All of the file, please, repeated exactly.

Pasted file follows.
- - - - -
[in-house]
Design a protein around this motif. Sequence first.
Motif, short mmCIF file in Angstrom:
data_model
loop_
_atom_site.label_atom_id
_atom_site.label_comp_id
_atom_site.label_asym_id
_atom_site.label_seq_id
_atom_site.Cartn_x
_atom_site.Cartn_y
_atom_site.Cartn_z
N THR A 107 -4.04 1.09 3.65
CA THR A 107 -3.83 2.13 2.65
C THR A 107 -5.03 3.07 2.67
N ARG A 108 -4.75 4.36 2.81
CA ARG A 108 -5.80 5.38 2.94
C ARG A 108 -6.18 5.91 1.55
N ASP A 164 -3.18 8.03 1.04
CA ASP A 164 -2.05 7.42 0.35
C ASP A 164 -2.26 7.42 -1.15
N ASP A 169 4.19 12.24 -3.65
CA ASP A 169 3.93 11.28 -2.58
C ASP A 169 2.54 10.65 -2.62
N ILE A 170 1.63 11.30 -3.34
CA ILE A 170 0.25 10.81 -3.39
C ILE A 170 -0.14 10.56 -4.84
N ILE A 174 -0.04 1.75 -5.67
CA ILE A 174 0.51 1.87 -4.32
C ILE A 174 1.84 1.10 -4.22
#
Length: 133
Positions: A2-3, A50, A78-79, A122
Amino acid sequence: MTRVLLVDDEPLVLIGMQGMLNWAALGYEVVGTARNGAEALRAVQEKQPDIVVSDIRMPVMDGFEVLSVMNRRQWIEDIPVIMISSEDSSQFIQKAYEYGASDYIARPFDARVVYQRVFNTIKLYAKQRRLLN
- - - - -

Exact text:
[in-house]
Design a protein around this motif. Sequence first.
Motif, short mmCIF file in Angstrom:
data_model
loop_
_atom_site.label_atom_id
_atom_site.label_comp_id
_atom_site.label_asym_id
_atom_site.label_seq_id
_atom_site.Cartn_x
_atom_site.Cartn_y
_atom_site.Cartn_z
N THR A 107 -4.04 1.09 3.65
CA THR A 107 -3.83 2.13 2.65
C THR A 107 -5.03 3.07 2.67
N ARG A 108 -4.75 4.36 2.81
CA ARG A 108 -5.80 5.38 2.94
C ARG A 108 -6.18 5.91 1.55
N ASP A 164 -3.18 8.03 1.04
CA ASP A 164 -2.05 7.42 0.35
C ASP A 164 -2.26 7.42 -1.15
N ASP A 169 4.19 12.24 -3.65
CA ASP A 169 3.93 11.28 -2.58
C ASP A 169 2.54 10.65 -2.62
N ILE A 170 1.63 11.30 -3.34
CA ILE A 170 0.25 10.81 -3.39
C ILE A 170 -0.14 10.56 -4.84
N ILE A 174 -0.04 1.75 -5.67
CA ILE A 174 0.51 1.87 -4.32
C ILE A 174 1.84 1.10 -4.22
#
Length: 133
Positions: A2-3, A50, A78-79, A122
Amino acid sequence: MTRVLLVDDEPLVLIGMQGMLNWAALGYEVVGTARNGAEALRAVQEKQPDIVVSDIRMPVMDGFEVLSVMNRRQWIEDIPVIMISSEDSSQFIQKAYEYGASDYIARPFDARVVYQRVFNTIKLYAKQRRLLN